August 4, 2008

The crazy 'crime' of 1974

On a day when the world remembers some other adventurers, who unfortunately lost their life on K2 this week, read about Phillipe Petit, another maverick, whose exploit took the world by storm one gray morning in New York 34 years back.
‘O death in life,’ wrote Tennyson, ‘the days that are no more.’ James Marsh’s feature documentary Man on Wire, which revisits Petit’s walk between the Twin Towers is, among other things, a joyous ode to living and a lament for the days that are no more. It makes no explicit mention of the events of 11 September 2001, but death hovers on the fringes, like distant dark clouds threatening the clear blue sky, and our knowledge of what later befell the Towers coats the innocent lunacy of Petit’s actions with poignancy.
Also two recent articles from The NYTimes and The Guardian about his dare-devil act.

I had missed this brilliant New Yorker magazine cover couple years ago on the fifth anniversary of the September 11, 2001 attacks. Interestingly, the movie, which won the Grand Jury Prize: World Cinema Documentary and the World Cinema Audience Award: Documentary at the 2007 Sundance festival, does not overtly refer to the 9-11 tragedy.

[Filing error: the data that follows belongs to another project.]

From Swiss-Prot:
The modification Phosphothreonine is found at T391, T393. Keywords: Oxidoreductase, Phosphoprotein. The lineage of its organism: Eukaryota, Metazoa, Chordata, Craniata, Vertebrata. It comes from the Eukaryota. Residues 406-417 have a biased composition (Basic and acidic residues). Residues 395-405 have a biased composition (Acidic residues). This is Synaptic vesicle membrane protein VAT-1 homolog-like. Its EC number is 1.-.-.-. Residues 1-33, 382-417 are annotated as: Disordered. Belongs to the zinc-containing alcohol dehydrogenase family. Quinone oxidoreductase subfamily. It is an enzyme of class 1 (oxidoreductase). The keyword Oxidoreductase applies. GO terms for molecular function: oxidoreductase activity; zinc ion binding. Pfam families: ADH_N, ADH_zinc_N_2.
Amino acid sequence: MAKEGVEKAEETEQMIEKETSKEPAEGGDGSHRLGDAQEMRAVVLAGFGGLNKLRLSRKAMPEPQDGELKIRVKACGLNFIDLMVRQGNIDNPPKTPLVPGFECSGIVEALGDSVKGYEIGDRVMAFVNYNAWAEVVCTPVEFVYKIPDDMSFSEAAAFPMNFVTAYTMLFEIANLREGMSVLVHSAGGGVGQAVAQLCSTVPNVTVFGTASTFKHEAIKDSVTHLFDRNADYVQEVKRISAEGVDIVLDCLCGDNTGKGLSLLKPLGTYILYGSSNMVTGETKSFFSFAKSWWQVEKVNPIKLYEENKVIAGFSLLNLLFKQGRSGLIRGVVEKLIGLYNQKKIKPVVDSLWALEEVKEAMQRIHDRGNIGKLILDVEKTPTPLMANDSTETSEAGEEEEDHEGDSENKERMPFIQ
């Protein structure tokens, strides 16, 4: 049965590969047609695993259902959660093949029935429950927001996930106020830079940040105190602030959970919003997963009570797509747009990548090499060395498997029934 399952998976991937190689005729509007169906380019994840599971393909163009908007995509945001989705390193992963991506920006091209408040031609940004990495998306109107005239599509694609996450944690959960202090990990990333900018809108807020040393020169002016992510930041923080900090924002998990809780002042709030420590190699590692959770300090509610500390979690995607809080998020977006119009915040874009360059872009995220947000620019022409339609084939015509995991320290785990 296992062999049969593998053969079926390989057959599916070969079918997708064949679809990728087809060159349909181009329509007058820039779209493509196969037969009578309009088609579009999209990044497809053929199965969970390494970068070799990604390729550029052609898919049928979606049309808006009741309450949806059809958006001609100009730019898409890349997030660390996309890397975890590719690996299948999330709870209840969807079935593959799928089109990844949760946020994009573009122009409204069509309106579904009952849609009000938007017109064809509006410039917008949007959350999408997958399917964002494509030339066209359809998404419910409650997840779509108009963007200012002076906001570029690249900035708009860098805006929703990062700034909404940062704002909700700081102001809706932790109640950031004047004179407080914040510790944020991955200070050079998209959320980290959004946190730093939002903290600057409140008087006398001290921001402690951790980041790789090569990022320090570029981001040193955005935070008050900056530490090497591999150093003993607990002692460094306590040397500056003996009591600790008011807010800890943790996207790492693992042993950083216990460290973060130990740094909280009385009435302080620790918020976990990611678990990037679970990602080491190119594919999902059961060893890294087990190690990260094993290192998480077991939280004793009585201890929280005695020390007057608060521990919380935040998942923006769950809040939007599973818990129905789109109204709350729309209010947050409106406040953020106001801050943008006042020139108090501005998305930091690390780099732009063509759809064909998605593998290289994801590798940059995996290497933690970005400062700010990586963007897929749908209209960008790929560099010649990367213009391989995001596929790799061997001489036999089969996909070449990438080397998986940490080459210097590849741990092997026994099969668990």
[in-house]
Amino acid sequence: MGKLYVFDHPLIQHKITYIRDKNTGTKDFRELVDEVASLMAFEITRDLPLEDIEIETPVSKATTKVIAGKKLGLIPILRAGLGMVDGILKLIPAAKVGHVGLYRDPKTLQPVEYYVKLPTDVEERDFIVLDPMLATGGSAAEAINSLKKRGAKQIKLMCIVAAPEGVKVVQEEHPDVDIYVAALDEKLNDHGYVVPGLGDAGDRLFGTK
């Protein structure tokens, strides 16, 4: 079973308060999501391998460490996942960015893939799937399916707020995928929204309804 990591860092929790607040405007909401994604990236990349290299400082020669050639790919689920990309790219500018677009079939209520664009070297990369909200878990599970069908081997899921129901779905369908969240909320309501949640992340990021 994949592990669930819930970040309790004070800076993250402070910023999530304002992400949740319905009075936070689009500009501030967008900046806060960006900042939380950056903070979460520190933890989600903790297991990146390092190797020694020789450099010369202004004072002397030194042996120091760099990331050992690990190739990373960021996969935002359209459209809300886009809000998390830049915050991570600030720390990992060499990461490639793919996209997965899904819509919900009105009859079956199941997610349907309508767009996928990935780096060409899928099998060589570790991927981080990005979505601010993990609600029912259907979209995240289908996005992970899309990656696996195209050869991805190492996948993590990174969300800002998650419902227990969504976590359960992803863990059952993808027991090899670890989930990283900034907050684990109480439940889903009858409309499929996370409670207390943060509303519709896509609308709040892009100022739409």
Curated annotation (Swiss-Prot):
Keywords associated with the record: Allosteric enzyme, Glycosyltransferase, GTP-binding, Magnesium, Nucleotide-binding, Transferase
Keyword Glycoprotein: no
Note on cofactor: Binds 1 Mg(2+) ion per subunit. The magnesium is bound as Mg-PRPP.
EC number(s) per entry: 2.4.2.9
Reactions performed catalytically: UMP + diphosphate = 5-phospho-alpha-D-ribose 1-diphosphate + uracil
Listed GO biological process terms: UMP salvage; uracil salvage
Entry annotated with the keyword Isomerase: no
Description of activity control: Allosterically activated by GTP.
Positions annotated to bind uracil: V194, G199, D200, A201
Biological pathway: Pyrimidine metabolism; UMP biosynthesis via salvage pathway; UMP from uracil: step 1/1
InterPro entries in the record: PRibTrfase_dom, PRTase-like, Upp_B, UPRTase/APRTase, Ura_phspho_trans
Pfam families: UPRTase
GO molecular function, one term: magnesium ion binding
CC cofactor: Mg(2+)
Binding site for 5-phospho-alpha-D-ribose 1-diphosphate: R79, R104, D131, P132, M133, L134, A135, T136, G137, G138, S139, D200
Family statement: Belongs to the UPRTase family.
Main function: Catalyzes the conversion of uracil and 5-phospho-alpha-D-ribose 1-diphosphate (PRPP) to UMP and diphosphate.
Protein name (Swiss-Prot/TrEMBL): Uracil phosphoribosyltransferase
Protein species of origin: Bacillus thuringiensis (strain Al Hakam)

Wikipedia has this rather interesting nugget of information:
Petit's high-wire walk is credited with bringing the then rather unpopular Twin Towers much needed popular attention and affection. Up to that point, many had regarded them as ugly and utilitarian, and the not-yet completed buildings were having trouble renting their office space.
Here's Petit remembering and talking about the act in an interview this year along with the director of the movie.

Apparently, he had left a mark of his bravery - now, along with many lives and a lot else, it is gone.

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